Dog Bite Cases:
What to do and Who’s at Fault?
Georgia Dog Bite Cases
In the United States alone, over 36% of all households have at least one dog as a pet. While dogs are often considered “man’s best friend,” some can be unpredictable and dangerous if not properly trained and supervised.
When a dog bite happens, Georgia law does not presume that the dog itself is dangerous. Instead, the law requires that the injured victim prove that the animal’s owner was negligent and therefore liable (at fault) for the injuries he or she sustained.
Section 51-2-7 of the Official Code of Georgia Annotated states that in order to prove that a dog’s owner is liable, the victim must prove these three facts:
1) that the animal’s owner knew that his or her dog was “vicious or dangerous;”
2) that the owner was careless with the animal or let it “go at liberty;” and
3) that the victim did not provoke the animal to attack.
In proving that the dog’s vicious propensity, the law finds it sufficient to show that the dog was required to be on a leash by city or county ordinance and that the dog was not on a leash at the time of the attack. Even if the dog is on a leash but the owner does not have sufficient control of the leash, that can also suffice.
Georgia law does not require proof that the dog has bitten someone before the attack for the owner to be deemed at fault and responsible for your injuries.
Steps to Take After a Dog Bite
If you’ve been attacked and bitten by a dog, the first thing to do is seek immediate medical attention. In addition to external injuries sustained from a bite wound, dog bites can become infected. Some dogs, if not given up-to-date vaccinations, could be at risk for rabies or other diseases.
After seeking medical help, be sure to report the incident to law enforcement. If the dog was running free (no leash or collar) contact your local animal control agency. You may be asked whether you would like to press charges or have the animal condemned. You are not forced to have the animal condemned by reporting the incident to the police. It is good to document the incident as proof for filing a claim.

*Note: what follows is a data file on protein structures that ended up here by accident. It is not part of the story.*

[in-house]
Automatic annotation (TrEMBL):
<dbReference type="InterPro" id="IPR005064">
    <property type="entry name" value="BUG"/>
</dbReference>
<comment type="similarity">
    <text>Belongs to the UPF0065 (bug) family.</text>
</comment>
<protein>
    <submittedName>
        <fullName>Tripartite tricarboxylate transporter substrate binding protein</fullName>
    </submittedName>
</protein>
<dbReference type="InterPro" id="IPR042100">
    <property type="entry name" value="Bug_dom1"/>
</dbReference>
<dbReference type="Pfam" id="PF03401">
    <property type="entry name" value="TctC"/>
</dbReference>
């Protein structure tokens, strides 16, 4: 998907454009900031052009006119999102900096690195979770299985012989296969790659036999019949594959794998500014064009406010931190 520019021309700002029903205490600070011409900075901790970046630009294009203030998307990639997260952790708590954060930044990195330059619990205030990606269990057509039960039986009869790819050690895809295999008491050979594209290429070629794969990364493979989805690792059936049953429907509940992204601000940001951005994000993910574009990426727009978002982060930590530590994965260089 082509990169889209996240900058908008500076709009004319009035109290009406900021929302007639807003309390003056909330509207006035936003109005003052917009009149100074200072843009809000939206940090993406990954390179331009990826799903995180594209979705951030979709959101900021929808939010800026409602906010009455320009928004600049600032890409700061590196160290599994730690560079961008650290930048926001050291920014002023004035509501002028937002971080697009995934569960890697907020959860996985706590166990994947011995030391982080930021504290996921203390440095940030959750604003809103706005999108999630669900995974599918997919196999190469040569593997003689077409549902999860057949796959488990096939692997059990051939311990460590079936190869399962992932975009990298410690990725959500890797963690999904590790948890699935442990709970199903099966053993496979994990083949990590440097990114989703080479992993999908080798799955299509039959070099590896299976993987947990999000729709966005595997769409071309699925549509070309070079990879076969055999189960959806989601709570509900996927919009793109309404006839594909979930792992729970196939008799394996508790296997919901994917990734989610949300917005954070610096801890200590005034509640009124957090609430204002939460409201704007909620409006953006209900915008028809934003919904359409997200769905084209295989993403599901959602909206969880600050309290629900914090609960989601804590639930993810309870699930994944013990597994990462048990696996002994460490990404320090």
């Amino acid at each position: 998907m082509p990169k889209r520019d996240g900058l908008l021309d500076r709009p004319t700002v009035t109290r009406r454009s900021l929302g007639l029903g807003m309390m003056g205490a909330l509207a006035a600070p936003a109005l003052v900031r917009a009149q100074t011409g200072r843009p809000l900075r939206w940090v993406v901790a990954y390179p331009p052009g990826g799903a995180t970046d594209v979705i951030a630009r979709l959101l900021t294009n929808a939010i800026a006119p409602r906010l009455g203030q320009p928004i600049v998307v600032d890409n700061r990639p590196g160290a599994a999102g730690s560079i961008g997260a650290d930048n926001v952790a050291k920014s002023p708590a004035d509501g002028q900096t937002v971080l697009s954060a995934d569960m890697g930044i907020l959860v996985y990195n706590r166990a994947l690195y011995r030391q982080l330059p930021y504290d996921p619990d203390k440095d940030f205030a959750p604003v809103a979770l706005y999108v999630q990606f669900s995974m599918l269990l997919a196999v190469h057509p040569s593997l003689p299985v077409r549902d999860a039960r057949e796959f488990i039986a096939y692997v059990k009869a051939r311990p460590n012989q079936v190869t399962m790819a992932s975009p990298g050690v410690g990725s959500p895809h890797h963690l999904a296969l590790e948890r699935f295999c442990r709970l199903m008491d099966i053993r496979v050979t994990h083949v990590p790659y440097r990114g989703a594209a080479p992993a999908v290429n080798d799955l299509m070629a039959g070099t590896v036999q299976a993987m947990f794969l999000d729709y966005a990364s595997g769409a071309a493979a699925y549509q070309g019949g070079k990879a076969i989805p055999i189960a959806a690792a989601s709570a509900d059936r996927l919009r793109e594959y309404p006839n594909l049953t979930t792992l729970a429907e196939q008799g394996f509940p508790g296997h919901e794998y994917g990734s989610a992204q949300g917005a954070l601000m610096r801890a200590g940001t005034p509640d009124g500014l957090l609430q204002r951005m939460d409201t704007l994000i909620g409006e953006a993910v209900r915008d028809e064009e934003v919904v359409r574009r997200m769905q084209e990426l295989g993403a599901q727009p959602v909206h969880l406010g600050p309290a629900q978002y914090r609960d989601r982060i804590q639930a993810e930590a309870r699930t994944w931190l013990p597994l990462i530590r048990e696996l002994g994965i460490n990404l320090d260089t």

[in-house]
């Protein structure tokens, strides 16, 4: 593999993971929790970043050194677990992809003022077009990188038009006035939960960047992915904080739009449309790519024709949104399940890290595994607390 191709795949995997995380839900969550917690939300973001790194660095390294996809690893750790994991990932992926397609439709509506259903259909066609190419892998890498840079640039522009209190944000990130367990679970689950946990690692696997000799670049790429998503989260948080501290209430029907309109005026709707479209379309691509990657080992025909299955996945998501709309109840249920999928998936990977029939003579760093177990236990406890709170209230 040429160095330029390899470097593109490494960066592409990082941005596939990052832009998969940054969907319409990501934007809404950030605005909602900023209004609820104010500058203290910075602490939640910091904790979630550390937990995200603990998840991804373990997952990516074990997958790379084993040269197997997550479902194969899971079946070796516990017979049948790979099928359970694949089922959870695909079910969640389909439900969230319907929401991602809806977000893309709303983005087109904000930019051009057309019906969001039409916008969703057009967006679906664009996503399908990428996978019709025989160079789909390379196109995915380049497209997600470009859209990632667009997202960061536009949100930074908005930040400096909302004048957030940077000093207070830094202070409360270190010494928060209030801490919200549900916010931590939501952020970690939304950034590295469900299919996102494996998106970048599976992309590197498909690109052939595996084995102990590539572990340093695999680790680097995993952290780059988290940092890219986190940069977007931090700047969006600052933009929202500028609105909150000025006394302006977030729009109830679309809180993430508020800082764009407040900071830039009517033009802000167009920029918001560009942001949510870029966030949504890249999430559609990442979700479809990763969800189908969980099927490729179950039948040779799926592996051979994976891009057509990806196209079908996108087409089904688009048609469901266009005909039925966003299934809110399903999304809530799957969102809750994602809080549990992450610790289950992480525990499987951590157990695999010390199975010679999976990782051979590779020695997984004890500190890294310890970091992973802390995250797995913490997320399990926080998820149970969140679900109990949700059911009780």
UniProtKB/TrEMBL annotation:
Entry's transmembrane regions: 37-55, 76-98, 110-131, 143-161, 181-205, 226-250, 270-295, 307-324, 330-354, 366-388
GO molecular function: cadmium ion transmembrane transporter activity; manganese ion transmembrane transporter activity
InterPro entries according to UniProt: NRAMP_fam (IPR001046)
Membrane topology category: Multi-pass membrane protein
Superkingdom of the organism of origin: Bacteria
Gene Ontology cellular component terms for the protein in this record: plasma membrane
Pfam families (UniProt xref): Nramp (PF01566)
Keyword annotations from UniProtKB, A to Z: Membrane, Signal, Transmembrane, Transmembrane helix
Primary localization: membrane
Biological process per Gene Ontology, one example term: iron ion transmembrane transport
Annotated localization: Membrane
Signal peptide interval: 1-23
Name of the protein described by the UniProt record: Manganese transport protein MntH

If you are able, find out if the dog owner has homeowner’s insurance, which typically will cover dog bites. State Farm is the most common. If the dog bite occurred on commercial property, the property owner or operator could be liable as well. If the dog bite occurred at an apartment complex or other type of rental property, the landlord could have liability depending on their knowledge of the dog.
While there are no specifics as to how much compensation you can recover for a dog bite injury, Schneider Law, P.C. is committed to help you get the fair outcome you deserve. Bethany Schneider will carefully review your case details and will seek recovery for:
Any scarring or disfigurement;
Current and future medical bills;
Lost wages; and
Any other losses/expenses related to the incident.
If you have been attacked by a dog, you should contact a reliable and experienced dog bite attorney. Bethany has experience handling dog bite cases to a successful resolution. You have two years from the date of attack to file a lawsuit. However, your claim may not require a lawsuit. You should contact Bethany either way to find out.
Call Schneider Law, P.C. at (404) 800-3060 or email Bethany directly at firstname.lastname@example.org for a free, confidential consultation.